the church of saints and relics and martyrs, of stone walls, stained glass and that special tranquility that we still catch when lifting the latch on some of the ancient parish churches that litter our countryside. It is an ecological world where heaven and earth strive to be a peace, where the seasons move and are respected, where your peers and traditions matter. St George was part of that world, very much so, not because he was an Englishman, but because he was a saint of reputed great powers who belonged to the wider world of Christendom, and which Englishmen were not afraid to belong. St. George didn't represent the narrow Englishness that the Tudors came to impose but an Englishness that saw itself as distinctive within a wider world to which it belonged.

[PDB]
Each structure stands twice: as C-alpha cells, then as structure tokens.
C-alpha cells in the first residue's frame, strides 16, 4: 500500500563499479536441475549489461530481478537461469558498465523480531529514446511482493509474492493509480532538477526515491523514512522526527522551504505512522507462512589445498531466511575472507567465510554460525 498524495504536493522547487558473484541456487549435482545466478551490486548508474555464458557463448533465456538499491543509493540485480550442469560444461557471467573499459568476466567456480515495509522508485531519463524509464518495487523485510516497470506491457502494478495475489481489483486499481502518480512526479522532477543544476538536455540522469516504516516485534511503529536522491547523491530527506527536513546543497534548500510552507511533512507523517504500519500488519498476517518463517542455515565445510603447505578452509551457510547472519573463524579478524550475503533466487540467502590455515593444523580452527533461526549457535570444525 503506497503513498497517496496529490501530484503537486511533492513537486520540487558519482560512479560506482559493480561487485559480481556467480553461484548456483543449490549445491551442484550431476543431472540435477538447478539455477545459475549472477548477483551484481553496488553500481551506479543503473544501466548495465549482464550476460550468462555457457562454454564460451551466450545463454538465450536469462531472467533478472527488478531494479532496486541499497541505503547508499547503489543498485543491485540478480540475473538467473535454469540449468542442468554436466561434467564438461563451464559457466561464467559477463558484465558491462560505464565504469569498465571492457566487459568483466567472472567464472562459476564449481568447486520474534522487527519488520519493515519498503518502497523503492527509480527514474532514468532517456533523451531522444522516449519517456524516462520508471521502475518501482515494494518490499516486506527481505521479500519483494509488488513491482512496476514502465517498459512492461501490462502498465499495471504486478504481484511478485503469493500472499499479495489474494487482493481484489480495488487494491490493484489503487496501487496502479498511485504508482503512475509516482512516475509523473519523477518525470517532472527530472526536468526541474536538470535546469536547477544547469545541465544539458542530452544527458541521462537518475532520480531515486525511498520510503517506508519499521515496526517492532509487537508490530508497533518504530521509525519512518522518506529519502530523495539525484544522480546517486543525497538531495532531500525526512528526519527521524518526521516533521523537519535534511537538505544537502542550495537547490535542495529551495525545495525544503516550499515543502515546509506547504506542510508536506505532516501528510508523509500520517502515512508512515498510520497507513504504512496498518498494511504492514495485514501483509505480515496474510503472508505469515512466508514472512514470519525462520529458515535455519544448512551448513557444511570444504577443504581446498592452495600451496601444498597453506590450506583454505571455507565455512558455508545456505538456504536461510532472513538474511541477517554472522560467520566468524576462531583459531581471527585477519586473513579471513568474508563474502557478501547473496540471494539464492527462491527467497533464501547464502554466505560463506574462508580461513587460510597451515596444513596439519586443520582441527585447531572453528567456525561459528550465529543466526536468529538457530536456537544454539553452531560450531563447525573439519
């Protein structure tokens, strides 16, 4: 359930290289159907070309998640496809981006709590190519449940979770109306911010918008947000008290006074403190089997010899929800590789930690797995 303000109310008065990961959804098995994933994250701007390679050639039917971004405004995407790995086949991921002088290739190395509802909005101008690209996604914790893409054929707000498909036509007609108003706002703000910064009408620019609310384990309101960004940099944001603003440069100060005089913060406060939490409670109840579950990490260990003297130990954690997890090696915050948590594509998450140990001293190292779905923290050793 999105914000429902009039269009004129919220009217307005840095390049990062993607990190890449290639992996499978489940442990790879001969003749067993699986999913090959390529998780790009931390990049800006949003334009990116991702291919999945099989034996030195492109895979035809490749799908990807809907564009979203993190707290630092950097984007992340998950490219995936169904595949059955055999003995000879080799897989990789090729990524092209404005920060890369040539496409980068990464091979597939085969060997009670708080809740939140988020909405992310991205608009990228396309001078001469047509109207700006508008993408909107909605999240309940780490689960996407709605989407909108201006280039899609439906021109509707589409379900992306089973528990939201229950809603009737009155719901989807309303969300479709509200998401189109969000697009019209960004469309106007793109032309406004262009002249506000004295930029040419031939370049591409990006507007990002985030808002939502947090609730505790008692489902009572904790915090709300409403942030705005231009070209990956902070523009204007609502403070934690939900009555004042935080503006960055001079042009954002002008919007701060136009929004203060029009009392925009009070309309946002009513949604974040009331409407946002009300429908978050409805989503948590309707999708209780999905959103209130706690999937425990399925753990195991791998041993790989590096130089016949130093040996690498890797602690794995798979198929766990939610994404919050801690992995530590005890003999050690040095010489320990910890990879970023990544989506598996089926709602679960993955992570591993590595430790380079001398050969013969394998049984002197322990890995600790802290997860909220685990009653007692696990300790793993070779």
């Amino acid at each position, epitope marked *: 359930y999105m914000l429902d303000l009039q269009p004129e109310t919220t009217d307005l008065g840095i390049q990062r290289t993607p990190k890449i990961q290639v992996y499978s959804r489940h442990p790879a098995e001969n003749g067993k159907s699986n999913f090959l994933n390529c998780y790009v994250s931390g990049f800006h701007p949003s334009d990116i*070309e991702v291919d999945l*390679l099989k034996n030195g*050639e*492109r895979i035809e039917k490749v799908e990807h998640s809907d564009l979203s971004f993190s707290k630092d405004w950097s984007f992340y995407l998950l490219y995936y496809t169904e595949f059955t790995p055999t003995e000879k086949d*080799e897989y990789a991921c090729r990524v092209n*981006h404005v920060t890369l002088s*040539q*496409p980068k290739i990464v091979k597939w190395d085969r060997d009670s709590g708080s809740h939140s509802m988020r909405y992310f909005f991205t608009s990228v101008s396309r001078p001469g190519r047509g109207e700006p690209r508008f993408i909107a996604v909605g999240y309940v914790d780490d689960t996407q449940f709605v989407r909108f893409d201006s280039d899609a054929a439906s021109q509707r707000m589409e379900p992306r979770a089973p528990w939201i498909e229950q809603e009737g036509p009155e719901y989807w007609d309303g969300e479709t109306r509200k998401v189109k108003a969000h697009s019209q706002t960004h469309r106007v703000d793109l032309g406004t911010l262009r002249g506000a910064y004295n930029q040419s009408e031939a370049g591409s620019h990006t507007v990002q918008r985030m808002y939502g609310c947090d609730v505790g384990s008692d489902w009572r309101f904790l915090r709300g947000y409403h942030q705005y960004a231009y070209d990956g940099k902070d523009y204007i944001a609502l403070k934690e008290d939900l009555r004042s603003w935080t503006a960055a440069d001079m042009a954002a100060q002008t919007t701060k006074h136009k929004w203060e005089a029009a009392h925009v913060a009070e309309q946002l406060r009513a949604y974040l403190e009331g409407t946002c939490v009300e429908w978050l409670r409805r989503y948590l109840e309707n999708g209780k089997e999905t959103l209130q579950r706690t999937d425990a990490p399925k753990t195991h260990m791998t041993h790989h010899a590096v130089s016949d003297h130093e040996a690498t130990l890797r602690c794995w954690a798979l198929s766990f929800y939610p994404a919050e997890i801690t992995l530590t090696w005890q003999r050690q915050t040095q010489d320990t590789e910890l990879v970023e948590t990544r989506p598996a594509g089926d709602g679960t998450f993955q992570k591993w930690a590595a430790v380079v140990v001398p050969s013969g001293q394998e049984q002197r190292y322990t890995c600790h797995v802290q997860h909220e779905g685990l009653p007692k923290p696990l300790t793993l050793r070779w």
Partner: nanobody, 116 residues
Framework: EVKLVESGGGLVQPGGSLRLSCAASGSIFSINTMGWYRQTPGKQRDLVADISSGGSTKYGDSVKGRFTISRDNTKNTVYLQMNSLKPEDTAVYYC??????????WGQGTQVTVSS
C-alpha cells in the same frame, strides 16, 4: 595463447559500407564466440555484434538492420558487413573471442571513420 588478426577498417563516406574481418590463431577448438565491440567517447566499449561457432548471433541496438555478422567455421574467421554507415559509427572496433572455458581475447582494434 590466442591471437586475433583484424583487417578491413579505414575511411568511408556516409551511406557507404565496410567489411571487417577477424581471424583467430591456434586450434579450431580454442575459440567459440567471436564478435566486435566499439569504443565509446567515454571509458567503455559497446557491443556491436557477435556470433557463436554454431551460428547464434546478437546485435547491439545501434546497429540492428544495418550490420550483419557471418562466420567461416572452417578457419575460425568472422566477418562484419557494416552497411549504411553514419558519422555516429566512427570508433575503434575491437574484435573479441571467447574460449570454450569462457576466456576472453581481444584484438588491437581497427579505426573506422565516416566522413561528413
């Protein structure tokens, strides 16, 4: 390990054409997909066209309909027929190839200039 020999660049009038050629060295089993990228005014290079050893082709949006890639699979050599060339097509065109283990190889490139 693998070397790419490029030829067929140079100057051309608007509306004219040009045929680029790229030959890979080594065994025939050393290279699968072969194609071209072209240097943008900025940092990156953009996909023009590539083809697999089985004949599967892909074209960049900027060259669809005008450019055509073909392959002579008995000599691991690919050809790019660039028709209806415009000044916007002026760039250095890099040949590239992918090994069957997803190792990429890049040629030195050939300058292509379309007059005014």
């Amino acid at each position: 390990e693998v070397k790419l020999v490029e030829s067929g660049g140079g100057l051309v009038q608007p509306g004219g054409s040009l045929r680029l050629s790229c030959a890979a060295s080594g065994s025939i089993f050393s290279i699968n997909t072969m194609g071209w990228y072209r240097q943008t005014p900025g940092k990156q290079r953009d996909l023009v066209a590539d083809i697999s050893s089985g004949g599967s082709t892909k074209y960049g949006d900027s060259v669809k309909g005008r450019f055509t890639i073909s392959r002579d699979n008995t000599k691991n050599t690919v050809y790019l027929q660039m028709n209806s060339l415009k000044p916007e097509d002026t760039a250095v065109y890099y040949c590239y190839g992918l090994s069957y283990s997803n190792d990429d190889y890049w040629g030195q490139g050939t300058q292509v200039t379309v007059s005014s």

St. George is the last vestige of that ancient Englishness which colonial arrogance and subsequent guilt has almost erased. Yet it is the only Englishness worth having, and St George is its champion. So, please, lets embrace him and have the courage to seek a new form of that Englishness which long endured and which still offers so much to all of use who are born in England's pretty green and rather pleasant land.